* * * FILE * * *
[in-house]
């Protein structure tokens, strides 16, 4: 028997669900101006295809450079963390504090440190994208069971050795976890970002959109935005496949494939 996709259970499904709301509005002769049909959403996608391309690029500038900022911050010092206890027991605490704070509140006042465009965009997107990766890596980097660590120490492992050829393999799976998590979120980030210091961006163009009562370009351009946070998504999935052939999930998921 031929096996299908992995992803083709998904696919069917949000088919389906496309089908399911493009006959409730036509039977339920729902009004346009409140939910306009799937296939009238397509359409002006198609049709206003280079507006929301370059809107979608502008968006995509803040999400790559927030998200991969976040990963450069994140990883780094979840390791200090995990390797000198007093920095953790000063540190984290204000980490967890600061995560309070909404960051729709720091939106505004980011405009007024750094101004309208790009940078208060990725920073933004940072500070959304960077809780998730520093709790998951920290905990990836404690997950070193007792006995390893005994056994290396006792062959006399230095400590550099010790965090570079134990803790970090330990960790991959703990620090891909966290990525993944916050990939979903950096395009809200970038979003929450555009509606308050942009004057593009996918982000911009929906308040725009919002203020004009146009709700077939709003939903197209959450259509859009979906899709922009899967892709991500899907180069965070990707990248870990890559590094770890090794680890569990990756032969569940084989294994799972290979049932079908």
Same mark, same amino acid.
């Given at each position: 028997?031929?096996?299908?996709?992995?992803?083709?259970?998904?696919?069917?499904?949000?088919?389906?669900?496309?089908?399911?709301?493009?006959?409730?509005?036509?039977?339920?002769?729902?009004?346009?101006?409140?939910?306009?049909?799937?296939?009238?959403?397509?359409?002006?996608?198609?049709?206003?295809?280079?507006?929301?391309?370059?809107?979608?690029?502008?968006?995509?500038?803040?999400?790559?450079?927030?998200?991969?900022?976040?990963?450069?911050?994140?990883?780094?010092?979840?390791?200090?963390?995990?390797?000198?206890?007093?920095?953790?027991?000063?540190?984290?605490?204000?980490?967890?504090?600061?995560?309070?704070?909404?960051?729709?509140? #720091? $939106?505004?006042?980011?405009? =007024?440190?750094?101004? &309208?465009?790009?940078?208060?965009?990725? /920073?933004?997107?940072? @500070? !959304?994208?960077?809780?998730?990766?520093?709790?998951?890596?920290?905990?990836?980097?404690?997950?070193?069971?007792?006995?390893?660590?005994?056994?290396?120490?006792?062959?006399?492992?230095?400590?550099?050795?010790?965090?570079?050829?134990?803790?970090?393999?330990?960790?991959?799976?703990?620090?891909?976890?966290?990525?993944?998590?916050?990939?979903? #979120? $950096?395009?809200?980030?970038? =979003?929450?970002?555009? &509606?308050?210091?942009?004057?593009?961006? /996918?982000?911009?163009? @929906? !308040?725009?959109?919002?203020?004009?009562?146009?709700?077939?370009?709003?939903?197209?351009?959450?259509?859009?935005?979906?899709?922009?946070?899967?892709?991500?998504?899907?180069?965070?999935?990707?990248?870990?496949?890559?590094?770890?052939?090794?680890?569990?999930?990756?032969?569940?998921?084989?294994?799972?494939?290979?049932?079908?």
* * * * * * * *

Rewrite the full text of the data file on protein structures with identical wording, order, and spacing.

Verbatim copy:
[in-house]
């Protein structure tokens, strides 16, 4: 028997669900101006295809450079963390504090440190994208069971050795976890970002959109935005496949494939 996709259970499904709301509005002769049909959403996608391309690029500038900022911050010092206890027991605490704070509140006042465009965009997107990766890596980097660590120490492992050829393999799976998590979120980030210091961006163009009562370009351009946070998504999935052939999930998921 031929096996299908992995992803083709998904696919069917949000088919389906496309089908399911493009006959409730036509039977339920729902009004346009409140939910306009799937296939009238397509359409002006198609049709206003280079507006929301370059809107979608502008968006995509803040999400790559927030998200991969976040990963450069994140990883780094979840390791200090995990390797000198007093920095953790000063540190984290204000980490967890600061995560309070909404960051729709720091939106505004980011405009007024750094101004309208790009940078208060990725920073933004940072500070959304960077809780998730520093709790998951920290905990990836404690997950070193007792006995390893005994056994290396006792062959006399230095400590550099010790965090570079134990803790970090330990960790991959703990620090891909966290990525993944916050990939979903950096395009809200970038979003929450555009509606308050942009004057593009996918982000911009929906308040725009919002203020004009146009709700077939709003939903197209959450259509859009979906899709922009899967892709991500899907180069965070990707990248870990890559590094770890090794680890569990990756032969569940084989294994799972290979049932079908």
Same mark, same amino acid.
């Given at each position: 028997?031929?096996?299908?996709?992995?992803?083709?259970?998904?696919?069917?499904?949000?088919?389906?669900?496309?089908?399911?709301?493009?006959?409730?509005?036509?039977?339920?002769?729902?009004?346009?101006?409140?939910?306009?049909?799937?296939?009238?959403?397509?359409?002006?996608?198609?049709?206003?295809?280079?507006?929301?391309?370059?809107?979608?690029?502008?968006?995509?500038?803040?999400?790559?450079?927030?998200?991969?900022?976040?990963?450069?911050?994140?990883?780094?010092?979840?390791?200090?963390?995990?390797?000198?206890?007093?920095?953790?027991?000063?540190?984290?605490?204000?980490?967890?504090?600061?995560?309070?704070?909404?960051?729709?509140? #720091? $939106?505004?006042?980011?405009? =007024?440190?750094?101004? &309208?465009?790009?940078?208060?965009?990725? /920073?933004?997107?940072? @500070? !959304?994208?960077?809780?998730?990766?520093?709790?998951?890596?920290?905990?990836?980097?404690?997950?070193?069971?007792?006995?390893?660590?005994?056994?290396?120490?006792?062959?006399?492992?230095?400590?550099?050795?010790?965090?570079?050829?134990?803790?970090?393999?330990?960790?991959?799976?703990?620090?891909?976890?966290?990525?993944?998590?916050?990939?979903? #979120? $950096?395009?809200?980030?970038? =979003?929450?970002?555009? &509606?308050?210091?942009?004057?593009?961006? /996918?982000?911009?163009? @929906? !308040?725009?959109?919002?203020?004009?009562?146009?709700?077939?370009?709003?939903?197209?351009?959450?259509?859009?935005?979906?899709?922009?946070?899967?892709?991500?998504?899907?180069?965070?999935?990707?990248?870990?496949?890559?590094?770890?052939?090794?680890?569990?999930?990756?032969?569940?998921?084989?294994?799972?494939?290979?049932?079908?």